Buying a house – whether it’s your first or fifth – is not only one of the biggest investments you’ll ever make, it is also one of the most emotional. After all, your house isn’t just another purchase. It’s buying your home where you will live and maybe raise children. Here are 10 tips or things you need to know when buying that house.
1. If you can’t stay in the house, don’t buy it
Home buying is probably not for you if you don’t believe you can stay in it for at least several years. When you add up all of the costs associated with buying and selling a house, you could end up losing money if you have to sell sooner than this. This is especially true when home prices are falling.
2. Clean up your credit reports
Unless you’re a member of that fortunate 1%, you will need to get a mortgage to buy that house. So, make sure your credit reports are squeaky clean. Most experts say that you should check your credit at least three months before you start looking for a house. The way you do this is by getting all three of your credit reports from the three credit bureaus. Go over them carefully to see if there are errors. If do you find problems, make sue you get them fixed.
3. Buy a home you can afford
Have you ever heard the expression “house poor?” This is where people make the mistake of buying a house with a mortgage so big they have a little money left over for anything else. One good rule is to never buy a house that costs more than about two-and-one-half times your annual salary. However, it’s better to use one of many mortgage calculators available online as they will give you a better idea of what you can afford given your debts, income and expenses.
4. Get a loan even if you can’t put down the usual 20%
Even if you can’t put down the normal 20%, you may still be able to get a loan. There are many private and public lenders that offer low-interest mortgages where you would have a smaller down payment.
5. Choose a district that has good schools
This applies even if you don’t have kids in school. The reason for this is that when you sell your house, you’ll see that an important priority for many homebuyers is a strong school district. Living in one of these school districts would help boost the value of your property.
6. Get professional help
You have an extraordinary ability to access real estate listings through the Internet. However, if you were a first-time buyer or even an experienced one, it would probably be better to use a realtor. Try to use what’s called an “exclusive buyer agent” as he or she will put your interests first and will be able to help you strategize during the buying process. There are some other good reasons why it pays to have a real estate agent as described in this video.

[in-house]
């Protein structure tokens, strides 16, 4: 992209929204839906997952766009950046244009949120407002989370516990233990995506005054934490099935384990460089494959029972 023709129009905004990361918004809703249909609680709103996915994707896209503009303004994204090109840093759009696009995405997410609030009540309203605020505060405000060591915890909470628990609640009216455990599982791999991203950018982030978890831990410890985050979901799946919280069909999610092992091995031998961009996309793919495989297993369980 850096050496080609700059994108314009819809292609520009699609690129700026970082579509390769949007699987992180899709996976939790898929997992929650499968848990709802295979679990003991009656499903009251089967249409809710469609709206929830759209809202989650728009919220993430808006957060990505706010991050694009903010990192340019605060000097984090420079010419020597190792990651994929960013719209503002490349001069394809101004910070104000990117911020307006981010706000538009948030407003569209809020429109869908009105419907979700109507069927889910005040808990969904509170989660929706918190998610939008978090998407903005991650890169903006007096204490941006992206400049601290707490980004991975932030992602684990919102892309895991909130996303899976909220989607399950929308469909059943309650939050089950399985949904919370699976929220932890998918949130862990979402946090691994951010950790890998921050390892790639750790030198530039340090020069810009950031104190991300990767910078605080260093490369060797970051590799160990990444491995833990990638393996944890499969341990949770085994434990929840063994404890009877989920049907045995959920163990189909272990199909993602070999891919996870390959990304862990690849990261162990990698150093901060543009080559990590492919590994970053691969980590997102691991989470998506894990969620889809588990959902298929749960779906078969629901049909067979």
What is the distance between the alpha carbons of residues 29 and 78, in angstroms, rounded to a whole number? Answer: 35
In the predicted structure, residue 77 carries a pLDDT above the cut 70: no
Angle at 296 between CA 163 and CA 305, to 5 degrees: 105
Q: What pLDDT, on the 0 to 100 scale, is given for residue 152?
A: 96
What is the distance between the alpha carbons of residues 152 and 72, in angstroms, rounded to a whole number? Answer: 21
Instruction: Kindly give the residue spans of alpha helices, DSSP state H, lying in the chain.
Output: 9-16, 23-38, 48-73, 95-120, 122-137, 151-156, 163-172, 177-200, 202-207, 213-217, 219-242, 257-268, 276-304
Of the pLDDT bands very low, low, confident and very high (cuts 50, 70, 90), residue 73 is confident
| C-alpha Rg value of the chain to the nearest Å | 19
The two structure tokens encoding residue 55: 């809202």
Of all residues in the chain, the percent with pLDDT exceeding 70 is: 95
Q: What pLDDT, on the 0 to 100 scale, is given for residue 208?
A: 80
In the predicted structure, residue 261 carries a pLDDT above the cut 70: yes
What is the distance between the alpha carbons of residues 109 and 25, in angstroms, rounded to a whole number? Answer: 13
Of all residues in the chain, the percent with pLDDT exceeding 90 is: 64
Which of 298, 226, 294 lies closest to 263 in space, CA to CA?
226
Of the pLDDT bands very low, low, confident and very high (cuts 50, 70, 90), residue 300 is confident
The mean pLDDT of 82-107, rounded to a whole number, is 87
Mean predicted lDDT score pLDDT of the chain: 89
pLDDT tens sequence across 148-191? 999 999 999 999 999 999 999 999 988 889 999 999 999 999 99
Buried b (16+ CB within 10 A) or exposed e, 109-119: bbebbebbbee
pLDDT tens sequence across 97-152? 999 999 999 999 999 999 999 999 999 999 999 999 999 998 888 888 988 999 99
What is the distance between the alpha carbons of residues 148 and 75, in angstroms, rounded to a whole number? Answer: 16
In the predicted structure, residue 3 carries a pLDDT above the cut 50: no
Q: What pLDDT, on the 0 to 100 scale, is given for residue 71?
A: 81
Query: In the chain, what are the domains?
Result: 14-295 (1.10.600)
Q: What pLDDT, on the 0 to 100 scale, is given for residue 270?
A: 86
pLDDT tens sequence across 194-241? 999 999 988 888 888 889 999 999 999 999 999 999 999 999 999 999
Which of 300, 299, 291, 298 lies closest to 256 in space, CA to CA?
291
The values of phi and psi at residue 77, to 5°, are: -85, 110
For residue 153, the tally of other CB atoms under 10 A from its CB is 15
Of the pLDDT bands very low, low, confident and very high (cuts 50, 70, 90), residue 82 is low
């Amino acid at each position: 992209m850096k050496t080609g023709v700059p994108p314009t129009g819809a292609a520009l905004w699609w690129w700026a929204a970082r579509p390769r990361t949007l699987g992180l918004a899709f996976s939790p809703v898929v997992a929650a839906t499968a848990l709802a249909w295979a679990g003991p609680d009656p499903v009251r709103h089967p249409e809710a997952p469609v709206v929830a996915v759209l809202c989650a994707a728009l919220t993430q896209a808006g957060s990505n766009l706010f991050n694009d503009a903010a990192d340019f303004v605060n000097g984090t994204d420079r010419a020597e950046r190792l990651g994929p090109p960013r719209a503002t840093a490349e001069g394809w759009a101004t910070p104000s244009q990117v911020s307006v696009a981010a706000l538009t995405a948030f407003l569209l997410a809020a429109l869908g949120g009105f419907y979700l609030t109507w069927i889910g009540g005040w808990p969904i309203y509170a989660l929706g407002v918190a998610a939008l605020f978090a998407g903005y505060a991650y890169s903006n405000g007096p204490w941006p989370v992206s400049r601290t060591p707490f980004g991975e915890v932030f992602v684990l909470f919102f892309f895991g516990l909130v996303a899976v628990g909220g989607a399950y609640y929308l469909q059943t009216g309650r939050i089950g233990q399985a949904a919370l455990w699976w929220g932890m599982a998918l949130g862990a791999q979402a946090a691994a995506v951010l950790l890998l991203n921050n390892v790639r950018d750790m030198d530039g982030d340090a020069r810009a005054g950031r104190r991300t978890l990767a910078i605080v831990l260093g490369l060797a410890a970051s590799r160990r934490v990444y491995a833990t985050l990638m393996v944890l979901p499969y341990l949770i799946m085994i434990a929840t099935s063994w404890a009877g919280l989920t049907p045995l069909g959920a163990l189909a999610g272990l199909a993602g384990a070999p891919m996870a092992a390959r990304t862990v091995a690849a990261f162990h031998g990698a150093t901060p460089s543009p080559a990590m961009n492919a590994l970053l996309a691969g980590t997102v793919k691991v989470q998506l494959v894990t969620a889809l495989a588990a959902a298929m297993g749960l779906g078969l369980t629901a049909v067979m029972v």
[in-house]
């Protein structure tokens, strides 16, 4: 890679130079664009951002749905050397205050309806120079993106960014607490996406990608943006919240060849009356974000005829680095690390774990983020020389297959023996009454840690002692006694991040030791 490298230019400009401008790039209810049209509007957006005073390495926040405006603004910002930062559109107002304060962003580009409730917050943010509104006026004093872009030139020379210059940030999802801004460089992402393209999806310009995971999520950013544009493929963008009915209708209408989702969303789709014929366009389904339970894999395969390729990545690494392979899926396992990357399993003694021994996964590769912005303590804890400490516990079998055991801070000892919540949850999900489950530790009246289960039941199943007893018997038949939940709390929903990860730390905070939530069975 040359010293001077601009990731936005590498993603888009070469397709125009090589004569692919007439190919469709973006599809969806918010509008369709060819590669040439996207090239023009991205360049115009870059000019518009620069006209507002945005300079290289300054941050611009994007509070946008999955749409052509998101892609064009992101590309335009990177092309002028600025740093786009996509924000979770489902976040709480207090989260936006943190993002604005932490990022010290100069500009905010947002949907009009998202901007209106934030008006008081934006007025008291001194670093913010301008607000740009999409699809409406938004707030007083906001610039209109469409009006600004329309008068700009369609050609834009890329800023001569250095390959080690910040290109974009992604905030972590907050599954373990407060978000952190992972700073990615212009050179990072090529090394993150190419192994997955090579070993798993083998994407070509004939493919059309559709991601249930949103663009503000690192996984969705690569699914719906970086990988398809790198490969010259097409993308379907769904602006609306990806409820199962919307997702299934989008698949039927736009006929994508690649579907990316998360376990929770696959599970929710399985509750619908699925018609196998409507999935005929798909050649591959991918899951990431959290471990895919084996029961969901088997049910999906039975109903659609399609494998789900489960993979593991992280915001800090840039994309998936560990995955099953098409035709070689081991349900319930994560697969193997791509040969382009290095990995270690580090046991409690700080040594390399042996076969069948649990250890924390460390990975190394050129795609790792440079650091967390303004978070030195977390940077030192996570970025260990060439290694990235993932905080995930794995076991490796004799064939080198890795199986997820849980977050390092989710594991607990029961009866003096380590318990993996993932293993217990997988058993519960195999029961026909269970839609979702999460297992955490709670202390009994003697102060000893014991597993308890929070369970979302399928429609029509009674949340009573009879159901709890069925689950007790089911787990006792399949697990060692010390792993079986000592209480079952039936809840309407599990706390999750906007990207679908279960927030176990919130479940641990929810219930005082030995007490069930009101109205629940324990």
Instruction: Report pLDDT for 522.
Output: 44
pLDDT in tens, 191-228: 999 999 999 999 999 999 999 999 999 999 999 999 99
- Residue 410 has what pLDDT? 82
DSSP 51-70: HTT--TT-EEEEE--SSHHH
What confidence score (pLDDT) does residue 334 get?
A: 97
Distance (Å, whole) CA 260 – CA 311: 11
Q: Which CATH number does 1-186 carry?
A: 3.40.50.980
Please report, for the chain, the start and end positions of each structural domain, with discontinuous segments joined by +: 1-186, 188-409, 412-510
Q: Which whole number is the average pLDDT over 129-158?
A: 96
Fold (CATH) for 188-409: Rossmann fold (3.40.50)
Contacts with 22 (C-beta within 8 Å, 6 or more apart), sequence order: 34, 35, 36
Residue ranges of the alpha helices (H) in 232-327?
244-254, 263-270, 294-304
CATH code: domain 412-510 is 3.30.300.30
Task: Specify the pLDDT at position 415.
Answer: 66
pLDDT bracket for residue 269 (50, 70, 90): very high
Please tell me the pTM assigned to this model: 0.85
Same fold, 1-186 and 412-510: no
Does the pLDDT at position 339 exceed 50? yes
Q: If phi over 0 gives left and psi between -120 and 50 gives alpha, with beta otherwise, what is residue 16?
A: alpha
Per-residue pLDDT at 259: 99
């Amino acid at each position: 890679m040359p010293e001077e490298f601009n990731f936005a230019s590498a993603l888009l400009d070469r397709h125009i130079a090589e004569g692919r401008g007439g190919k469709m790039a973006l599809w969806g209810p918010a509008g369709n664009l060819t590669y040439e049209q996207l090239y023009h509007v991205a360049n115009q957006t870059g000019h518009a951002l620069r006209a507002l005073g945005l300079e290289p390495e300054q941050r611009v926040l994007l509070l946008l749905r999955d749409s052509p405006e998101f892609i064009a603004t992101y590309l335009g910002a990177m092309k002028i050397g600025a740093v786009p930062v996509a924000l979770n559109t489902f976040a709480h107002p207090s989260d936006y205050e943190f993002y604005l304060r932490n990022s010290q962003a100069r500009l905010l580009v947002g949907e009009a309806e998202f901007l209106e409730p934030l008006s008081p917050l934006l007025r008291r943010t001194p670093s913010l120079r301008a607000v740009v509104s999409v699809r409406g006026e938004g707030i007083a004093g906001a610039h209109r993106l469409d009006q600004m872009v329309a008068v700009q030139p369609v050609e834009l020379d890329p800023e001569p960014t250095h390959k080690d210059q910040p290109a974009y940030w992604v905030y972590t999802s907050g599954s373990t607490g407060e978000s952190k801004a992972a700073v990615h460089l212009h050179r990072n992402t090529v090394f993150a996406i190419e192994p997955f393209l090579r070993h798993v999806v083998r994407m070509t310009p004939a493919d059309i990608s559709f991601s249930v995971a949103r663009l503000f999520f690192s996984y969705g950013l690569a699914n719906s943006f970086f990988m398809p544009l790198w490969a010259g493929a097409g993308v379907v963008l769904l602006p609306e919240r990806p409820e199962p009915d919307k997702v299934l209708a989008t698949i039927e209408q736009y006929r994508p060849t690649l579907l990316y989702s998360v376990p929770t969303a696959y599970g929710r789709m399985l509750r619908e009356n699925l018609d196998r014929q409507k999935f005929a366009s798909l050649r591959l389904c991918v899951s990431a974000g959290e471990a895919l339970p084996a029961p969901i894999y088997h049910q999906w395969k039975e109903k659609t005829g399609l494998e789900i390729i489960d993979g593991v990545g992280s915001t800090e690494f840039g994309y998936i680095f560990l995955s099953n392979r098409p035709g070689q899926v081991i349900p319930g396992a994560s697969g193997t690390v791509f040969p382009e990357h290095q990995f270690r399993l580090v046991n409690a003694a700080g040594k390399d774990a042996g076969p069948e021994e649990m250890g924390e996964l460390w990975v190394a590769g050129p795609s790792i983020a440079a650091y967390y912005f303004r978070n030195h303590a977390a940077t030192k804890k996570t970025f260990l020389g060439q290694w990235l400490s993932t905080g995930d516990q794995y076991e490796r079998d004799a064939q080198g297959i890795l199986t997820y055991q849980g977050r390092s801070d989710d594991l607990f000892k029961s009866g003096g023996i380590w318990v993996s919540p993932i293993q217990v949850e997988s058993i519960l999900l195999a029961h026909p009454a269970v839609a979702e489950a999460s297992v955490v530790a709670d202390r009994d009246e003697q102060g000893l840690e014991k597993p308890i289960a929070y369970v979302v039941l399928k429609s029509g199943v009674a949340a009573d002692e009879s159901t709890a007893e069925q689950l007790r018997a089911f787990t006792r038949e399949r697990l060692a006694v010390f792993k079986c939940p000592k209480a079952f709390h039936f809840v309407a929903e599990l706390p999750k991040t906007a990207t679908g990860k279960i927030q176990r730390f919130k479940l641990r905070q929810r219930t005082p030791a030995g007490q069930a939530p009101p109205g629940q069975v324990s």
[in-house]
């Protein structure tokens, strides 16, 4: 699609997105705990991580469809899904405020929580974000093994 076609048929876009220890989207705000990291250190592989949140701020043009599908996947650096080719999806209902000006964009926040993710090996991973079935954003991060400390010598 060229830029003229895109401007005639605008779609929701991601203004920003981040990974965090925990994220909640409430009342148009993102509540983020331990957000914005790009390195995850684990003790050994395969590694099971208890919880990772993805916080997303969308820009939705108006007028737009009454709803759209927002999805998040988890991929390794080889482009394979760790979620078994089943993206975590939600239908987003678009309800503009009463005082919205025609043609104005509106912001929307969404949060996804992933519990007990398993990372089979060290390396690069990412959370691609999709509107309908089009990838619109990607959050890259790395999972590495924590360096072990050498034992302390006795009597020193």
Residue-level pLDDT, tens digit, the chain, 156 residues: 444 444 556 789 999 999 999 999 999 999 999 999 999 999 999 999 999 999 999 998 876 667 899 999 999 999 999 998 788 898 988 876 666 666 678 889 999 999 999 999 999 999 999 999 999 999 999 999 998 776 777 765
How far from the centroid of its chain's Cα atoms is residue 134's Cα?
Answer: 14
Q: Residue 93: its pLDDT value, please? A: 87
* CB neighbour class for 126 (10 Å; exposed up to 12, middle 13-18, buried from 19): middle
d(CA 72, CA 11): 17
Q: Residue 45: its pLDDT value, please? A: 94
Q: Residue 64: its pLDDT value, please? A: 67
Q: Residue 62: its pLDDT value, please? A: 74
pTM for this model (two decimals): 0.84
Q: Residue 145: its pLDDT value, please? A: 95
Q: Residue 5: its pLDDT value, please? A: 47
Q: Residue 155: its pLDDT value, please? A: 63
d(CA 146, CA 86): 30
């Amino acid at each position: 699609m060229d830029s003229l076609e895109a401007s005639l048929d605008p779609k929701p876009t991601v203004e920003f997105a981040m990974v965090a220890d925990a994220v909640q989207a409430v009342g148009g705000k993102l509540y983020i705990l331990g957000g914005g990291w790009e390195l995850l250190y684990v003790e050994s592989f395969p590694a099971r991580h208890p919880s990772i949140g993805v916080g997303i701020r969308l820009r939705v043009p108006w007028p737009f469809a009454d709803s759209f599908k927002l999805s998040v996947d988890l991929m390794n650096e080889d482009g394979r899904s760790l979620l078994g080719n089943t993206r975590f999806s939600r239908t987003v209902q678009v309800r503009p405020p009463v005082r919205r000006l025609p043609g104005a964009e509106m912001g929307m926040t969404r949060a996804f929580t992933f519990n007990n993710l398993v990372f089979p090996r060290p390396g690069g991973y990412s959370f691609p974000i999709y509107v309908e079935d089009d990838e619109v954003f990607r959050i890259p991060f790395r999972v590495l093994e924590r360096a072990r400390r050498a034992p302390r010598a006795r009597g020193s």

7. Make a careful choice between rate and points
When you choose a mortgage, you typically have a choice of paying extra points in return for a lower interest rate. These points are part of the interest that you would pay at closing. If you feel you will remain in the house for three to five years or longer, it’s usually a better idea to take the points. This is because a lower interest rate will save you a lot of money over the term of the loan.
Preapproval can save you from the heartbreak of looking at houses you can’t afford. It can also put you in a better position to make a strong offer when you find the right home. Do not confuse pre-approval with prequalification, which is usually just a superficial review of your finances. In comparison, preapproval from a lender is based on your debt, credit history and actual income.
9. Don’t submit an offer until you’ve done your homework
The first offer you make should be based on comparables – or the sales trend of similar homes in the same neighborhood. So before you make an offer, check out the sales of similar homes in the past three months. The reason why this is important is because if you were to learn that they recently sold at 5% less than their asking prices, you could make a bid that’s maybe 8% to 10% lower than what the seller is asking and then negotiate from there.
10. Be sure to get a home inspection
A home inspection typically costs from $150 to $225. This could be the best $150 or $225 you ever spend as it could turn up problems such as mold or foundation issues that you might not ever be able to spot on your own. The best home inspectors are engineers who have experience doing home inspections in the area where you would be buying. Don’t confuse a home inspection with a home appraisal. A home appraisal is just how the bank determines whether or not the house is worth the price you’ve agreed to pay. It has nothing to do with the condition of the house, which is what a home inspection is all about. The last thing you want to do is tie up 30% or more of your monthly income in a house only to find that it will require thousands of dollars in repairs. Plus, a home inspection can turn into a good bargaining chip. For example, if it were to discover problems with the foundation or structure or with drainage or the roof, you could probably use this information to extract price concessions from the seller.